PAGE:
• Basic storage heaters could be as little as 50 kg each. An electric storage boiler could be 2000 kg or more - there is very little data available on this.

Solar PV panels
  • Estimation method

    If you know your typical monthly export by month then we can use that. Otherwise we can estimate it less accurately

     
     
     
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  • If you do not know, multiple your array size in kWp by 800. So if you have a 4 kWp array try 3200.

  • This is the usable kWh, which may be less than the nominal capacity.

  • If you have a solar array at home with an export meter and you get paid for your measured export, enter the export tariff here. This is the cost to you of using your own electricity.

  • More solar assumptions
    • You do not have any solar panels

    • This is the average over the year and it includes everything that you do not export to the grid. So if you have a battery, this includes losses in the battery.

    • Many homes use more electricity in winter than in summer - for example you use the tumble dryer more in the winter

    • Using your own solar power or taking it from the grid makes no difference to overall carbon emissions, because your solar panels are effectively part of the grid and they generate whether you need power or not. If you prefer you can treat your solar power as zero emissions.

    • For estimating hot water use:

    • If you take baths, count a bath as two showers

  • Solar chart

The GHG emissions factors are xxkg/kWh (standard) xxkg/kWh (offpeak) for electricity, xxkg/litre for gas and xxkg/litre for oil. These factors include upstream emissions for fuel and and transmission losses for electricity. Carbon emissions from electricity reduce by xx% each year. Inflation has not been taken into account.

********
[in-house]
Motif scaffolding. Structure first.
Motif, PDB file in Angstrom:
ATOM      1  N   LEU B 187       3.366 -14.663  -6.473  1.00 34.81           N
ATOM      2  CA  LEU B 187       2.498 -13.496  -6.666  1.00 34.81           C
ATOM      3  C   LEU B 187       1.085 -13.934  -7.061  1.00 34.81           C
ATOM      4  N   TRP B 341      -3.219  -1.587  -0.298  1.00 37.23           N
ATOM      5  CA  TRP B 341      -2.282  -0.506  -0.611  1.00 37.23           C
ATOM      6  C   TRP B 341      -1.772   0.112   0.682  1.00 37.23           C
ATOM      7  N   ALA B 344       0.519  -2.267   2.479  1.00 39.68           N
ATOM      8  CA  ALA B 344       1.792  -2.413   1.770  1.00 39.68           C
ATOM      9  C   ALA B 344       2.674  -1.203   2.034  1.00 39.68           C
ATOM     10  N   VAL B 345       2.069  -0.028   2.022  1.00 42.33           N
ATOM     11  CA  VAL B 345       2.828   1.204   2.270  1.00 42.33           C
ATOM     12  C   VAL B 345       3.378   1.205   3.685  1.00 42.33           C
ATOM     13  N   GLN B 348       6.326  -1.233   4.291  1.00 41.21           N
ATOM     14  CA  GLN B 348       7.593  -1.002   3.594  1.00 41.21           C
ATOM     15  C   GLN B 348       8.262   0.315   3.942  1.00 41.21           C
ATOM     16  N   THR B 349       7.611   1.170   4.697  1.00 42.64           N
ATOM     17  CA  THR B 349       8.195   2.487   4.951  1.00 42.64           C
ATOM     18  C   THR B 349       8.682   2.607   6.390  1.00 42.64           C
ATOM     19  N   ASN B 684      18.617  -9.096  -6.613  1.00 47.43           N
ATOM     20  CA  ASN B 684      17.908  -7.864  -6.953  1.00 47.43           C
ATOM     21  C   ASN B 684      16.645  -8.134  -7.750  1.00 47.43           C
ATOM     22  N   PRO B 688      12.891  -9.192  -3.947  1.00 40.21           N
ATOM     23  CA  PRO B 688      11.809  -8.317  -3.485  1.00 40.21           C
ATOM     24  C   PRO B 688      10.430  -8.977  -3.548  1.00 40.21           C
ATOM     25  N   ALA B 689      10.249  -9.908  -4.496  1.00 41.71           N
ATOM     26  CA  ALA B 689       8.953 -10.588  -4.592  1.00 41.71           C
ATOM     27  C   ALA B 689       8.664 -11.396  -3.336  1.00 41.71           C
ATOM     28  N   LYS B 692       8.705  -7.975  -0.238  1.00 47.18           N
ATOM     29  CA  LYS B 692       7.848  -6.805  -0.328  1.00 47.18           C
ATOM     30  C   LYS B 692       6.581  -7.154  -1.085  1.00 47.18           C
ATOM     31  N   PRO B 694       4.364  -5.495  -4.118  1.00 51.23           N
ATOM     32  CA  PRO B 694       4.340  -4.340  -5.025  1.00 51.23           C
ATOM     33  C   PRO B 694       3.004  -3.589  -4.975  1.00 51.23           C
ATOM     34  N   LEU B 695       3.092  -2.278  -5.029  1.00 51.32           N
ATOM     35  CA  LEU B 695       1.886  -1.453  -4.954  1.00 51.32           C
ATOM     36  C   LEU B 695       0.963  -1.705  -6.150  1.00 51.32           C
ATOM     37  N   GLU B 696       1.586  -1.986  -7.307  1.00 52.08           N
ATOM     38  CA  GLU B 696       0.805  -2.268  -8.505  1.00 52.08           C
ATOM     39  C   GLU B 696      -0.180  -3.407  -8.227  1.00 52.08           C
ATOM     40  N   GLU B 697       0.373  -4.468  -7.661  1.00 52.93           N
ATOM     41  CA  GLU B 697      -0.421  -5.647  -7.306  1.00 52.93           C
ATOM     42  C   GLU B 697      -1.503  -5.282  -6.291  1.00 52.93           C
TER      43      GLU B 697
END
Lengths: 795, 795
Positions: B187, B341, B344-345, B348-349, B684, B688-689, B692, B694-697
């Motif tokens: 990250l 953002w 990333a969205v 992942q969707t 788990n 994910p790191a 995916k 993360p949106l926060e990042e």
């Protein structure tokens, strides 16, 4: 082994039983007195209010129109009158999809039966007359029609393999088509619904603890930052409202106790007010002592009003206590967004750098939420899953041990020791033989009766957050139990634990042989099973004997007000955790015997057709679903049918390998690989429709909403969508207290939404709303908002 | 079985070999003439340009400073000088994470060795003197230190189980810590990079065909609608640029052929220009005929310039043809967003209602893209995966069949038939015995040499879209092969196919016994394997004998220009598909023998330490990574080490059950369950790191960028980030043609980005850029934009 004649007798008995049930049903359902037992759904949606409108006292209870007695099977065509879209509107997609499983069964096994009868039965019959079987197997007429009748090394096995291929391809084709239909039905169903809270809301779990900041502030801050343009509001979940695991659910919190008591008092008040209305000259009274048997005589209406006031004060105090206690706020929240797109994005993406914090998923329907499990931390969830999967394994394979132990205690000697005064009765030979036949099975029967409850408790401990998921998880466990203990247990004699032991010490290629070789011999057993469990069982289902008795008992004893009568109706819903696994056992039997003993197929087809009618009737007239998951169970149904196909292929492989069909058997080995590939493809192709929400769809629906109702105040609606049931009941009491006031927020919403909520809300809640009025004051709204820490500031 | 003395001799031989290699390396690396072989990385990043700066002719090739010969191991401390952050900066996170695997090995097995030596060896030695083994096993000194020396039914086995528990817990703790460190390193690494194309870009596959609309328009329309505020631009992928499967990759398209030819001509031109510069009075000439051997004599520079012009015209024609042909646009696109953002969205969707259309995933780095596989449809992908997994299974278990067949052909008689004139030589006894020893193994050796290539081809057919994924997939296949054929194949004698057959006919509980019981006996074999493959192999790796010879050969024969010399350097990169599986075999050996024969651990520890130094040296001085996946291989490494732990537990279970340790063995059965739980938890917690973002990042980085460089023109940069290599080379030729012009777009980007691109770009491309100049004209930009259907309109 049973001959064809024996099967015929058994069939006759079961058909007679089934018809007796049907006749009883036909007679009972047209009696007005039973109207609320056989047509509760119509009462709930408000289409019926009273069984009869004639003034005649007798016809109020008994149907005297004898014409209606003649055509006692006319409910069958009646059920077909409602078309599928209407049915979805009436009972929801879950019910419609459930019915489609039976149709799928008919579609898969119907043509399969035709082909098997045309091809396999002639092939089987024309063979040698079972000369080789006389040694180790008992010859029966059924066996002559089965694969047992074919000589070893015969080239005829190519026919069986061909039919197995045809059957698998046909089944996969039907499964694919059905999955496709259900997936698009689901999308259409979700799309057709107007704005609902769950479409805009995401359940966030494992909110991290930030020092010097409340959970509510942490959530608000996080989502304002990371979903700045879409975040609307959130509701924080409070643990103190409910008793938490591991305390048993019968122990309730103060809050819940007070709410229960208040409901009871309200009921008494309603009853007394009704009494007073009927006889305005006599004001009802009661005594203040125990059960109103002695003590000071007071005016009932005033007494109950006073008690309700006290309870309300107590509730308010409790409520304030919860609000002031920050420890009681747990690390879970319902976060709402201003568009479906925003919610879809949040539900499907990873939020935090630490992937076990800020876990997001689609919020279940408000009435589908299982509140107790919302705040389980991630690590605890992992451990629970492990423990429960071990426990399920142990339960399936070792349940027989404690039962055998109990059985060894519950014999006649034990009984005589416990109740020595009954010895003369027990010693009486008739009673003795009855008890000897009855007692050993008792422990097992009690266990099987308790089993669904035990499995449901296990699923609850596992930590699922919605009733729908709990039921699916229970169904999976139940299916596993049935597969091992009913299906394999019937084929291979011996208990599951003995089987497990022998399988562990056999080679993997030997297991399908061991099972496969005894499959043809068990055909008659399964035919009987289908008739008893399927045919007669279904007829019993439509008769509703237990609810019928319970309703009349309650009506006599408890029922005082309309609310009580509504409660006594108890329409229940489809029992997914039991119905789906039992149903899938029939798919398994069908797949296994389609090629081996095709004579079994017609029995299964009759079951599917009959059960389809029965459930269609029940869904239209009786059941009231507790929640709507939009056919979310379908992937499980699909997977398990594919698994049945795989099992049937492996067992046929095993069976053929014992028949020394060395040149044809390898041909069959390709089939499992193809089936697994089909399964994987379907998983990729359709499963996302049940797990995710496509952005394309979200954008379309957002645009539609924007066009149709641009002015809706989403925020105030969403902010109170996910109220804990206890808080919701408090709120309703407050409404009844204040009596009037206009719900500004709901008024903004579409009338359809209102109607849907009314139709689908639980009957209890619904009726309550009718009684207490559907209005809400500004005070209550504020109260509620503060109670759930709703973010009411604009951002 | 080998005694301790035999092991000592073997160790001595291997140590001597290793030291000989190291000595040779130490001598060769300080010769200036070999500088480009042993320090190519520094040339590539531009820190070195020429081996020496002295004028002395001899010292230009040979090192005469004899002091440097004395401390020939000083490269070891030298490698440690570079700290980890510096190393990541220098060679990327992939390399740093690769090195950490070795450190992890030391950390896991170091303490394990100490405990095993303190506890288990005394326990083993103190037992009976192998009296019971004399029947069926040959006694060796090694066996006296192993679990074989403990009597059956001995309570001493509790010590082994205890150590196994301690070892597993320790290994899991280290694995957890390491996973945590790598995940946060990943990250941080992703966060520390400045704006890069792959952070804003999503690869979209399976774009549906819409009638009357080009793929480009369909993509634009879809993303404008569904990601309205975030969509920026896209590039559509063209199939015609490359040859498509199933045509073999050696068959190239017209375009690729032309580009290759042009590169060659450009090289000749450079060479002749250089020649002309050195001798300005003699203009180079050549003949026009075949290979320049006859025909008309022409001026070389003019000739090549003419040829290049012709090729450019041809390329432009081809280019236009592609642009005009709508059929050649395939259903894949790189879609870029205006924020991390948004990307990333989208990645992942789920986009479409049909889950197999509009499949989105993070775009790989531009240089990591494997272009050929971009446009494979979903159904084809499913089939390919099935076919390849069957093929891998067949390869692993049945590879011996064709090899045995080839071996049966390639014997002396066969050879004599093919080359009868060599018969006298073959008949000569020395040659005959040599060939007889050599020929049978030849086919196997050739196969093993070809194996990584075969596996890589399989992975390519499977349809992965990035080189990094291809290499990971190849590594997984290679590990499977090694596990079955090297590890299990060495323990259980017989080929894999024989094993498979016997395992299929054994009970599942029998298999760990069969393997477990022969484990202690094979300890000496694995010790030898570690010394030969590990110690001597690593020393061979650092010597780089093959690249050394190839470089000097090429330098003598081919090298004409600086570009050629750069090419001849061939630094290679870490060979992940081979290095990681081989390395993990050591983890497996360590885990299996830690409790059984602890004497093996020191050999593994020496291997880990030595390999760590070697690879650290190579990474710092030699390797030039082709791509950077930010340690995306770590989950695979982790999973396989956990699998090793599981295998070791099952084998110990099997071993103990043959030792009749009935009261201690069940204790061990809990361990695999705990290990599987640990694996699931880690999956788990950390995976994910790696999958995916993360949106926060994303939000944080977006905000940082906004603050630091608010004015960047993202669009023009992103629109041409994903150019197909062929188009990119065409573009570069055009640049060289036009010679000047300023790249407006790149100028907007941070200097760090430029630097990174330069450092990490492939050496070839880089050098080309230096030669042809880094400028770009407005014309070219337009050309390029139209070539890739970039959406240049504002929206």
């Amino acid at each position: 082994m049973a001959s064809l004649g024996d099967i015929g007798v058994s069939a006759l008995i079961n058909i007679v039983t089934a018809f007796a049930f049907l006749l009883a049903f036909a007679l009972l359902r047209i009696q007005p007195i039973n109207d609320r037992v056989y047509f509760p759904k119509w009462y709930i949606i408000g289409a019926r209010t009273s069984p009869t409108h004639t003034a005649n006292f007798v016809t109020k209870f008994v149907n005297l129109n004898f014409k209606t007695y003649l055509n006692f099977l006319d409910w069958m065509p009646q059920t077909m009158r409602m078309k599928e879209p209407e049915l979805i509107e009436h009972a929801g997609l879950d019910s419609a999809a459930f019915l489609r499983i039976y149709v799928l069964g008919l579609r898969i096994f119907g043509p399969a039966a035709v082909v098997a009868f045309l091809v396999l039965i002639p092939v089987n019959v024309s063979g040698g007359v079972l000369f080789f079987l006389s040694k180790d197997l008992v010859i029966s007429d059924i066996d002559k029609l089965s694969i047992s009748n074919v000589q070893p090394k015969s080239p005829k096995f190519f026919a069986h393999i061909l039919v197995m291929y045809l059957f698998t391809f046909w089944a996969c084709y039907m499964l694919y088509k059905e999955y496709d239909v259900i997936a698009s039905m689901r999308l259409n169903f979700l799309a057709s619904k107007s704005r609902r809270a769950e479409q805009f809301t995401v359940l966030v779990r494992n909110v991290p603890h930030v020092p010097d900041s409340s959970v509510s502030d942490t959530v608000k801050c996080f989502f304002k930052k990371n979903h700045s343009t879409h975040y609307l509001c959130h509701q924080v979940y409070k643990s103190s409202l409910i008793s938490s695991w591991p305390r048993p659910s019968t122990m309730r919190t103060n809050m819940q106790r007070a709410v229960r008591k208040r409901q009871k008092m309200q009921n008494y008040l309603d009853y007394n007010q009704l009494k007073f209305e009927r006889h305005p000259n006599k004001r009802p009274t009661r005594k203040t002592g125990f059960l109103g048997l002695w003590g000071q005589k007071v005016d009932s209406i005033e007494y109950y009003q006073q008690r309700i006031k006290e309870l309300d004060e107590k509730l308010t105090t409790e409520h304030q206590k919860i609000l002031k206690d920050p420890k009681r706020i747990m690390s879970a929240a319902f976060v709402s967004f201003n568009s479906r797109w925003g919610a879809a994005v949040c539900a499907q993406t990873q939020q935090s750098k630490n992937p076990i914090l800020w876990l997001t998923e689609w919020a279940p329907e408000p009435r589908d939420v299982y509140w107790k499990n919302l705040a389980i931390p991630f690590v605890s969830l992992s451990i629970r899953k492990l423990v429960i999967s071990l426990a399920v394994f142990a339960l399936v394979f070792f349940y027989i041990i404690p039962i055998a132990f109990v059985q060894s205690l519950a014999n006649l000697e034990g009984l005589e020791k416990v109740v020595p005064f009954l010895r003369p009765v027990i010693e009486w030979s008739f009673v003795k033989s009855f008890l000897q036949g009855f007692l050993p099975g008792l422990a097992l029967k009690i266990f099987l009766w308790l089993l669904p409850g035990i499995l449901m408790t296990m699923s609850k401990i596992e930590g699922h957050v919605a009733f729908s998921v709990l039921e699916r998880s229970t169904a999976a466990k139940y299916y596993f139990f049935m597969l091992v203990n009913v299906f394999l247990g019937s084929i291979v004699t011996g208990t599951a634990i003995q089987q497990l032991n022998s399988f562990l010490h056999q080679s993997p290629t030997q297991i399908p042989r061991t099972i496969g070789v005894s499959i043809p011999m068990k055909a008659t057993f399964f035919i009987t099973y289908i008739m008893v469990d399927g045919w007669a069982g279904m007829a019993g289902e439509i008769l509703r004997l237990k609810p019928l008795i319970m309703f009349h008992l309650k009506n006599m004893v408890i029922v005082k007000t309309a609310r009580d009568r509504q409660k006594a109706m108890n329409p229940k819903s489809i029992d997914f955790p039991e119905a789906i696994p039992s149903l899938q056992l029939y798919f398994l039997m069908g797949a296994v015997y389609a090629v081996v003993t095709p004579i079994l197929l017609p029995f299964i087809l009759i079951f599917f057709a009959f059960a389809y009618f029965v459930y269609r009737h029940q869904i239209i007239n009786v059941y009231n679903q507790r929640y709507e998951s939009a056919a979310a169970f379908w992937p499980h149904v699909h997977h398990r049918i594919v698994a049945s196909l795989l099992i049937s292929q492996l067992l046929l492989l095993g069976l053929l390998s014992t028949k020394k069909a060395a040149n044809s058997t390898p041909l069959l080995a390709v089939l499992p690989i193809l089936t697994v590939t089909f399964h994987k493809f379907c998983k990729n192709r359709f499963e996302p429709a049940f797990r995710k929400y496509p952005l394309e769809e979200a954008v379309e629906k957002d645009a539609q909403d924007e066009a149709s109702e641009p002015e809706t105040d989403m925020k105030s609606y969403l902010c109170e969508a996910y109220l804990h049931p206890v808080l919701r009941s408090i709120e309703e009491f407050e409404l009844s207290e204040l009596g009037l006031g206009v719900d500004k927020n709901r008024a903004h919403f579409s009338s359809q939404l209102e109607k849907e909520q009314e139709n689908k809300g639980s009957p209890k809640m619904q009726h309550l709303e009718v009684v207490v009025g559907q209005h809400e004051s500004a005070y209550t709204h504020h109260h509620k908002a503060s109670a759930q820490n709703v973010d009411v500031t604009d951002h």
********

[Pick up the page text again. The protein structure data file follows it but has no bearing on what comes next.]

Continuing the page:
See Assumptions and data sources for background on these default values.

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  • The yield from your solar panels varies over the year according to the season and weather. We have used figures for the East of England.
  • If you do not know your export we estimate your self consumption based on monthly electricity use, solar power yield and battery size according to the standard method used in SAP 10 - an update of the method currently used to calculate the Energy Performance Rating of your house. From this we calculate your monthly export.
  • For charging a car, or for use of stored heat, we assume that all this exported energy is available for charging, on a day to day basis. I.e. the amount used for charging is either the daily requirement or the daily export, whichever is the smaller.
  • For other applications we assume that only a proportion of this energy is available for use and a proportion of the demand can be met, because of misalignment between the demand and the available power. For example, space heating is needed mainly in the mornings and evenings when there is little if any sun, and the power generated during the day may be more than is required at that time. This is less of a problem if you are using a battery but it still applies as the battery is of limited size. The estimate is rather crude and not as reliable as a professional estimate with more information to work on.

For more detail see References